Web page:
A ‘false spring’ has tricked trees into blossoming, while low water levels at dams may be fertile breeding grounds for mosquito-borne diseases.

Thanks to temperatures above seasonal averages, some trees in Istanbul have flowered, victims of a ‘false spring’.

All around Turkey, temperatures are coasting above seasonal averages. In the country, average temperatures have been above seasonal averages with the exception of April, making 2020 a candidate for one of the hottest years on record.

Because of the higher than usual temperatures in Istanbul for December, some trees have started blooming at the end of the month.

Istanbul Technical University (ITU) Faculty of Aeronautics and Astronautics, Meteorology Engineering Department professor Huseyin Toros says that because of climate oscillations, from time to time the air waves would be hot or cold.

Saying 2020 was very hot and that there were record temperatures in Turkey, Toros pointed out that “even though we’re nearing the end of December, the heat waves continue. This year because autumn has been hot in Istanbul trees have started to blossom early.”

Toros continued by saying trees were fooled into thinking it was spring because of warmer temperatures than normal, and that this phenomenon was not unique to Istanbul:

“This phenomenon can be observed in other locations in Turkey. In recent years it’s more common to see plants flowering early. The average temperature in Istanbul these days is about 12-17. Usually in December the average temperature is about 8-9 degrees [Celsius]. Istanbul is experiencing the average temperatures of May right now. In the past, we used to see snow in Istanbul in December but nowadays trees are blooming and they are falling for the ‘false spring’.”

Toros also mentioned that the early blooming of trees had negatively affected the harvest in 2014, and that early blooming is a deterrent to crops.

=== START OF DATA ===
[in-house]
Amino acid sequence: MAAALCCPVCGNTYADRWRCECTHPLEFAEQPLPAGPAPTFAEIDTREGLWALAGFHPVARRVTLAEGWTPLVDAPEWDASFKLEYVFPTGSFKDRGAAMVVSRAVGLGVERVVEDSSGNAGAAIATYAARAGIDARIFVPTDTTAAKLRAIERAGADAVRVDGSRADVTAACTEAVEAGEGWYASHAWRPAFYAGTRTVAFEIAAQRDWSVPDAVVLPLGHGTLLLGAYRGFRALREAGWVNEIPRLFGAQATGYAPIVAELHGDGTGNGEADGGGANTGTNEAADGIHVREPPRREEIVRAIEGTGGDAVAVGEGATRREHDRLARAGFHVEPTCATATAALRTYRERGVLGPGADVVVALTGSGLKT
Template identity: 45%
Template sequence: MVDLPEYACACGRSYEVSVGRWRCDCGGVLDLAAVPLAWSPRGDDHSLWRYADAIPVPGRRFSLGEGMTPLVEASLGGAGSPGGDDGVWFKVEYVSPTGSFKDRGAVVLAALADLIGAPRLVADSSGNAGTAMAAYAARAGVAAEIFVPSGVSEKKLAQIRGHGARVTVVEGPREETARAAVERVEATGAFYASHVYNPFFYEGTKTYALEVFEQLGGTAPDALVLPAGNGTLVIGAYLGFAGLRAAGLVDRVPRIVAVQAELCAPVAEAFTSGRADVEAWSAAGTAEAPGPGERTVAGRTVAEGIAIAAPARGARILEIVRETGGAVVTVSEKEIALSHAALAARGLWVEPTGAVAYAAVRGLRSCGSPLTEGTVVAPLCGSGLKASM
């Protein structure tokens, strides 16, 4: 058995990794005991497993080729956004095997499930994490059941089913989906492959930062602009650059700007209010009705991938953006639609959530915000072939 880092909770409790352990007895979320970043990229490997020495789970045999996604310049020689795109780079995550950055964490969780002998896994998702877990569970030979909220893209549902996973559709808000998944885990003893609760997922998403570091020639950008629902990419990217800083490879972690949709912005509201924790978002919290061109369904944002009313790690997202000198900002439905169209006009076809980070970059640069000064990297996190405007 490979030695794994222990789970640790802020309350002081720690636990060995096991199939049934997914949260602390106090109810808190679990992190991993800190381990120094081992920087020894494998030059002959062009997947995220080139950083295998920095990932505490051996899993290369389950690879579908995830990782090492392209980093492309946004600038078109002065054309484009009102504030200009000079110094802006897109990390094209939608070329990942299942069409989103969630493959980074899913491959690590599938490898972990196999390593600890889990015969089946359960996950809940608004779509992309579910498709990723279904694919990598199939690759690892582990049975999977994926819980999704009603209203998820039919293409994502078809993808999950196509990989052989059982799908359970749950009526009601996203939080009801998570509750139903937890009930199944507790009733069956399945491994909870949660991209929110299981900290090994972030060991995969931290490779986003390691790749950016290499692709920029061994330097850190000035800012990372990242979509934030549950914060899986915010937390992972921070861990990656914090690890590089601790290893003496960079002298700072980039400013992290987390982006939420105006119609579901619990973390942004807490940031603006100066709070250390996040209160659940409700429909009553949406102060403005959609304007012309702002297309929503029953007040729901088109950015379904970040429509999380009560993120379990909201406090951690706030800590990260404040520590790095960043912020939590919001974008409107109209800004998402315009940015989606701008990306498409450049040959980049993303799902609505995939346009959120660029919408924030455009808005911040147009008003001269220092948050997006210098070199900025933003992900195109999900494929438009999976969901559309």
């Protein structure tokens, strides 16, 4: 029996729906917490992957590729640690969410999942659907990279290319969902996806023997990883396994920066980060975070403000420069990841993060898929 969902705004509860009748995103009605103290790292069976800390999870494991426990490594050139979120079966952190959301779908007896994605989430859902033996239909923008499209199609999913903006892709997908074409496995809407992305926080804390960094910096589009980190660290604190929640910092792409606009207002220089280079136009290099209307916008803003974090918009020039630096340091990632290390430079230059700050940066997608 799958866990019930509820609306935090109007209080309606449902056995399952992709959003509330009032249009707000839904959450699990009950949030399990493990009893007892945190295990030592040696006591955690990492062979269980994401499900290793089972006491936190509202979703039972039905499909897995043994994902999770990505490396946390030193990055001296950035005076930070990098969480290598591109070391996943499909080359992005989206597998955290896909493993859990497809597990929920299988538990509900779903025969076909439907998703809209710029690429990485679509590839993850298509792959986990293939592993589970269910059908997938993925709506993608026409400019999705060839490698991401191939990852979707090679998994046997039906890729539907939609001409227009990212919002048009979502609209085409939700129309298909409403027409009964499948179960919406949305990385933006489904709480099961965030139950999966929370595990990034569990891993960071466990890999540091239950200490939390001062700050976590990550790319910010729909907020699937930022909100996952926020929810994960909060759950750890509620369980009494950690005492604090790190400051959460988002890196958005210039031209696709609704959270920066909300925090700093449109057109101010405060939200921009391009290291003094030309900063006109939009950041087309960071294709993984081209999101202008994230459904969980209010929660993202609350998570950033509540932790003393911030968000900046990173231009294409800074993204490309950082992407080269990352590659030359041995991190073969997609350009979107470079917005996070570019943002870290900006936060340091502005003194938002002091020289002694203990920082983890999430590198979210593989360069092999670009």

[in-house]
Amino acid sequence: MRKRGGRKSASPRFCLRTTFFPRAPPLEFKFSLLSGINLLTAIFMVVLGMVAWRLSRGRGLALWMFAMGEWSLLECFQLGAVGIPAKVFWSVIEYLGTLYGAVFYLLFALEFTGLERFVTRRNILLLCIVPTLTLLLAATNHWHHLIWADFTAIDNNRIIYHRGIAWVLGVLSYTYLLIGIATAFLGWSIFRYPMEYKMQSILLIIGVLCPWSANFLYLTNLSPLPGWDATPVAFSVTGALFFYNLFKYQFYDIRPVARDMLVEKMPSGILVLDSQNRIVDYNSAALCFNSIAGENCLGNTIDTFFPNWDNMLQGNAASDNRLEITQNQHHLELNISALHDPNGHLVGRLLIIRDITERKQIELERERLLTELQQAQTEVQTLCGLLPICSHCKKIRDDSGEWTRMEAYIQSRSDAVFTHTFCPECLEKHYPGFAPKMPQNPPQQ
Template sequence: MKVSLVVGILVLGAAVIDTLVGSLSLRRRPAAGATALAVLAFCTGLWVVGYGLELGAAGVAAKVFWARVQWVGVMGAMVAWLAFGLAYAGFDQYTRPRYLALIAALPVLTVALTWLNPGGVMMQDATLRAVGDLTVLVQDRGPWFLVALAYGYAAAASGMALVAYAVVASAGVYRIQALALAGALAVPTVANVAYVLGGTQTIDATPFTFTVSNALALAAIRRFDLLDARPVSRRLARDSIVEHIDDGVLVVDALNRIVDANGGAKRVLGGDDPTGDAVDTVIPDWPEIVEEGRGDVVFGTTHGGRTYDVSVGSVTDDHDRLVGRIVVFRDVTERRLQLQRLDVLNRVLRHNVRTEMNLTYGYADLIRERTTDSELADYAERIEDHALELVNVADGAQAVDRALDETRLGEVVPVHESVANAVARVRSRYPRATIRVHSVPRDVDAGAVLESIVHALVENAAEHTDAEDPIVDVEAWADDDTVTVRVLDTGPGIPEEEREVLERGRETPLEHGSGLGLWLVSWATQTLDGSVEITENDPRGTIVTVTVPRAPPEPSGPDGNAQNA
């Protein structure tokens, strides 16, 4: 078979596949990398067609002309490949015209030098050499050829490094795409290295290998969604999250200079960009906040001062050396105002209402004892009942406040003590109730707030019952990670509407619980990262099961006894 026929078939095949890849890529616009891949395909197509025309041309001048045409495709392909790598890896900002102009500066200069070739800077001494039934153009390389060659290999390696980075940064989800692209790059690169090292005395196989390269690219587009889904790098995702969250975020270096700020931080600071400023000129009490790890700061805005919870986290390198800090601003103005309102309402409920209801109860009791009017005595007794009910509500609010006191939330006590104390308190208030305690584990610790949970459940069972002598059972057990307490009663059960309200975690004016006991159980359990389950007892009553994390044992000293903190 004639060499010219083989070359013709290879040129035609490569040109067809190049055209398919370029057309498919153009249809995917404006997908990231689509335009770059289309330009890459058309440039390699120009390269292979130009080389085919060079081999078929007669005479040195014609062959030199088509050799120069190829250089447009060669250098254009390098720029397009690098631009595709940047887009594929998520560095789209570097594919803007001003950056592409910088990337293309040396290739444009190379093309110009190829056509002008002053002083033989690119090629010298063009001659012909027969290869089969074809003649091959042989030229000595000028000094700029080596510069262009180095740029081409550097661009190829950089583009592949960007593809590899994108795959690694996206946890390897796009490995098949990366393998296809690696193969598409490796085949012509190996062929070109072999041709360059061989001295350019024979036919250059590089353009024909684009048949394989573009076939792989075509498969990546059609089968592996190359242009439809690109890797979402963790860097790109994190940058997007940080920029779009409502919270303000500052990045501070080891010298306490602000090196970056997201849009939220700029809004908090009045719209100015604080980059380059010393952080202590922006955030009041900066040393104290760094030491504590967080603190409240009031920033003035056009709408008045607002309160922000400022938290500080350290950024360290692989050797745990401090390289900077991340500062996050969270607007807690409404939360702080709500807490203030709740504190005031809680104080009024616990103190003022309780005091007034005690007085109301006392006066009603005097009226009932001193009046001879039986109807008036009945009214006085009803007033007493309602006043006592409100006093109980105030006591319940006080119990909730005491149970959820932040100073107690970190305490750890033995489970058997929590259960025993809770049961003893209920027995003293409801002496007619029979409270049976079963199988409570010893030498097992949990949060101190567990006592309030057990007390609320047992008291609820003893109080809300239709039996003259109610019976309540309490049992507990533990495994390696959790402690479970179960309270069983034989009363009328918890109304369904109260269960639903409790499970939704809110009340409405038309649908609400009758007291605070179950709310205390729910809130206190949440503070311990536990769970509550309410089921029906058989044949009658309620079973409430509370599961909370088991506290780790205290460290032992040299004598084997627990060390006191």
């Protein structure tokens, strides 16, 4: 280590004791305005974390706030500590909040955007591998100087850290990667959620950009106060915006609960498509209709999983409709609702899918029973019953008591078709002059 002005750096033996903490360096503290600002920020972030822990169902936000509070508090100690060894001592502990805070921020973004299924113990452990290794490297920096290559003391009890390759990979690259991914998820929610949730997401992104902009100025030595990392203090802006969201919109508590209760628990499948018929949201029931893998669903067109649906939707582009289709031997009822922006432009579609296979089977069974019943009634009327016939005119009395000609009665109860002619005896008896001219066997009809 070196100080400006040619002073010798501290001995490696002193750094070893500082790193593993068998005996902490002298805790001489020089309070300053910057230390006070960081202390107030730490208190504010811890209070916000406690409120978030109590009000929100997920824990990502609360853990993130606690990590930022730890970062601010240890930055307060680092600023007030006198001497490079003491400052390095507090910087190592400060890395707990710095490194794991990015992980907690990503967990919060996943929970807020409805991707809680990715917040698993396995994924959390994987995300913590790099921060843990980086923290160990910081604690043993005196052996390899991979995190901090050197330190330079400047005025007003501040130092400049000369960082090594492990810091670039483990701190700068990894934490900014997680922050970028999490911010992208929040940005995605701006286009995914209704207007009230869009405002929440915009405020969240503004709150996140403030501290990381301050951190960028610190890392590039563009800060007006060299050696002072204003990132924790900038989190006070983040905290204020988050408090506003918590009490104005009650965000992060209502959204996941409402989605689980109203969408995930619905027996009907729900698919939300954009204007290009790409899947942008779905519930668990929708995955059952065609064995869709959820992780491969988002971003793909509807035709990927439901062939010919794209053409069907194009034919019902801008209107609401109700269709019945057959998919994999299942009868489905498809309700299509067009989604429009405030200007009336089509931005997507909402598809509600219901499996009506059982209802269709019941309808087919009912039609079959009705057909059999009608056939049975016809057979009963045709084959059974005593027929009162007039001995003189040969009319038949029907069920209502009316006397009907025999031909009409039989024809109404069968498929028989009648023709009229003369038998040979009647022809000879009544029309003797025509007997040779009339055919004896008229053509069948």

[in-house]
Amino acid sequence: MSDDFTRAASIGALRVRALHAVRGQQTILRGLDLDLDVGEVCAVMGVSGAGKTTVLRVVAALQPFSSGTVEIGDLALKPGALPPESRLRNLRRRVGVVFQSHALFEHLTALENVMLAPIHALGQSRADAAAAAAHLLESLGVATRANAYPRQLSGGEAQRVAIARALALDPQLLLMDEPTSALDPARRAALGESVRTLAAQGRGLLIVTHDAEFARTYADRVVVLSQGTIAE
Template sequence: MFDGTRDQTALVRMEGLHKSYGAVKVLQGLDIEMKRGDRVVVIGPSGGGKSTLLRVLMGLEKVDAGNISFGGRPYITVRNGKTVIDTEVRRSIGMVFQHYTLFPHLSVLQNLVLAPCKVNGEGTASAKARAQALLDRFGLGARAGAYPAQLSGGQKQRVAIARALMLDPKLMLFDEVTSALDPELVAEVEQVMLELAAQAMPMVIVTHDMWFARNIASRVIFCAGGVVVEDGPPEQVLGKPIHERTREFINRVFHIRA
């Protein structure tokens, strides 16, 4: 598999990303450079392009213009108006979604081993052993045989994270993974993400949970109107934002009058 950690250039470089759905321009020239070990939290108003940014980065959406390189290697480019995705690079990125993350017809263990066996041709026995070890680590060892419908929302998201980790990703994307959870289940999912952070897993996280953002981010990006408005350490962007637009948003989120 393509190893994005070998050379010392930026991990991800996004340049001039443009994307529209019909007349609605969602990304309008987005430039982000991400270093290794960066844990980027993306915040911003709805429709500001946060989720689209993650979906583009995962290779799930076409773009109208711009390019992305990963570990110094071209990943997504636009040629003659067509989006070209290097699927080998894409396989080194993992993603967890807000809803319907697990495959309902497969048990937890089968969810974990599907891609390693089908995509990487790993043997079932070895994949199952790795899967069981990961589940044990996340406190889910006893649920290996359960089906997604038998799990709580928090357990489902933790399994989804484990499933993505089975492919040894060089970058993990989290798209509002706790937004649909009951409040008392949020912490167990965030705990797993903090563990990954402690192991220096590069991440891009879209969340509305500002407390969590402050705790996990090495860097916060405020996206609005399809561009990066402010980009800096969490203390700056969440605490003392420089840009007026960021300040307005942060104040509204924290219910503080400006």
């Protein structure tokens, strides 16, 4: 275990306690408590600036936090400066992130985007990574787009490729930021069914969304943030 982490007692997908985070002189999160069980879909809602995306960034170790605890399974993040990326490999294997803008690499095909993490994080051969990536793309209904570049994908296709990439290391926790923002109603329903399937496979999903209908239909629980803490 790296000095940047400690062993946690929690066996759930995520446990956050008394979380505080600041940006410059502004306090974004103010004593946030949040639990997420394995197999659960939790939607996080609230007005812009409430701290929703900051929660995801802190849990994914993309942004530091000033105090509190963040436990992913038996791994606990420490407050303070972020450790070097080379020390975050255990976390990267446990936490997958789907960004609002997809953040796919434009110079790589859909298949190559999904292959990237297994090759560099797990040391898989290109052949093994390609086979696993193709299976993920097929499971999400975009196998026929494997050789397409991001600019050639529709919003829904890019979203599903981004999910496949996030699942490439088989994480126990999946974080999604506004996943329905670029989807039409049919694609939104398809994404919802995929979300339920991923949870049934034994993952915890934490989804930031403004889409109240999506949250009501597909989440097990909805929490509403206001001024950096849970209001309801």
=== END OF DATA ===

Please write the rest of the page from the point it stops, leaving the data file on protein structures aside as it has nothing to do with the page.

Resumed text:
Talking to Hurriyet Daily News, Doganay Tolunay from Istanbul University says “Normally, when the temperature is below 10 degrees, leaves fall from trees. When it is about 10 degrees, trees start to bloom. It is not normal to see trees blooming in December.” 

“We do not have to look at the poles or the melting icebergs to know global warming. We see it happening on our streets,” Tolunay adds.

“The blooming of trees in December is a sign that we are experiencing a tropical climate,” says Murat Turkes from Bogazici University, stating “We are not living in the fall or spring anymore.”

Trees aren’t the only parts of nature that are affected by climate change. Daily Sabah reports that because of climate change, Turkey is going through a “prolonged dry spell” because of lack of precipitation at seasonal levels.

The pending drought in the near future means lower levels of water in dams and small ponds, and these may provide “a fertile ground for mosquito larvae to breed.”

According to Professor Levent Kurnaz, head of the Climate Change and Policies Center at Bogazici University in Istanbul, if water levels at dams remain low until summer, the muddy surface out in the open due to lack of water will be an ideal breeding ground for mosquitoes. 

“Unfortunately, these mosquitoes can trigger previously rare cases of West Nile virus and Zika and cause a prevalence of malaria,” DS reported him as saying.

Istanbul is one of the worst hit cities, with water levels at their lowest in a decade (20.93 percent as of Dec. 28, 2020, compared with 34 percent at the end of 2019). Because the expectancy for precipitation in the winter is low this year, the city has had to rely on external sources such as rivers nearby rather than dams alone.

Source: TRT World